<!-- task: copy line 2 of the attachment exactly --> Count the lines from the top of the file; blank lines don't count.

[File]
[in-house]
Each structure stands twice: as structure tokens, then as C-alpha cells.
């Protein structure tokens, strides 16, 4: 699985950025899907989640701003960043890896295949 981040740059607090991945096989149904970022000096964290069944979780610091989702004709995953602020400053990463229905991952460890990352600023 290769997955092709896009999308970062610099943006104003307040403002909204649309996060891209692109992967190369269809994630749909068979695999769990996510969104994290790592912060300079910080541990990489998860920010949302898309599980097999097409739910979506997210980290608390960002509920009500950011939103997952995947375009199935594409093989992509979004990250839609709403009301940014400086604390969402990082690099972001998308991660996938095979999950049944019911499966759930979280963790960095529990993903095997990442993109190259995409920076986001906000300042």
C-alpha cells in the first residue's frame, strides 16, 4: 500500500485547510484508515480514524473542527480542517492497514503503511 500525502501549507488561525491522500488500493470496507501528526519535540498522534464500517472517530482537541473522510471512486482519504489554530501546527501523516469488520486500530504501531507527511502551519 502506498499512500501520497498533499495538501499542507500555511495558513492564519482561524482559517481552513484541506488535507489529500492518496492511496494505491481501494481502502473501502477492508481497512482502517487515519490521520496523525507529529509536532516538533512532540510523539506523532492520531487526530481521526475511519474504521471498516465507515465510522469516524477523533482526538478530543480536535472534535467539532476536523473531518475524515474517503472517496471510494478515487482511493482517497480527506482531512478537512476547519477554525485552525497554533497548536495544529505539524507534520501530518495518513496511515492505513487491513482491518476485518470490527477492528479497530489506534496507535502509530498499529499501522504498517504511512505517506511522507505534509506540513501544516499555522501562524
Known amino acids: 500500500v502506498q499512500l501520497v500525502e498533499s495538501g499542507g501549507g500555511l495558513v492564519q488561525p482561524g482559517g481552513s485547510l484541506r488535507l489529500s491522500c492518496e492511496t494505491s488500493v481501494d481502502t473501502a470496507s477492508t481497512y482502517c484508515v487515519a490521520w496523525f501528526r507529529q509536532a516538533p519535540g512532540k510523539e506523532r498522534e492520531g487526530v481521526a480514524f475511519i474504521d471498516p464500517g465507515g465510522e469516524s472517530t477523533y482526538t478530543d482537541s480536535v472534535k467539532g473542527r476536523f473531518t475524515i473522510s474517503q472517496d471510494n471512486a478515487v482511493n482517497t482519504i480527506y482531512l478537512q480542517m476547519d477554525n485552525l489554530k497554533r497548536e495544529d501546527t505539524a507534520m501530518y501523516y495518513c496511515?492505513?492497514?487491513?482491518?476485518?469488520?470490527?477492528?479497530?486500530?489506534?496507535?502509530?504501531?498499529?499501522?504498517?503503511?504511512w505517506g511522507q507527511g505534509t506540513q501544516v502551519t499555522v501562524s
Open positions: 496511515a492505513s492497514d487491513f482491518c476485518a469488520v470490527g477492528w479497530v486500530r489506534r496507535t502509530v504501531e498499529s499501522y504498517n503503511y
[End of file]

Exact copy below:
Each structure stands twice: as structure tokens, then as C-alpha cells.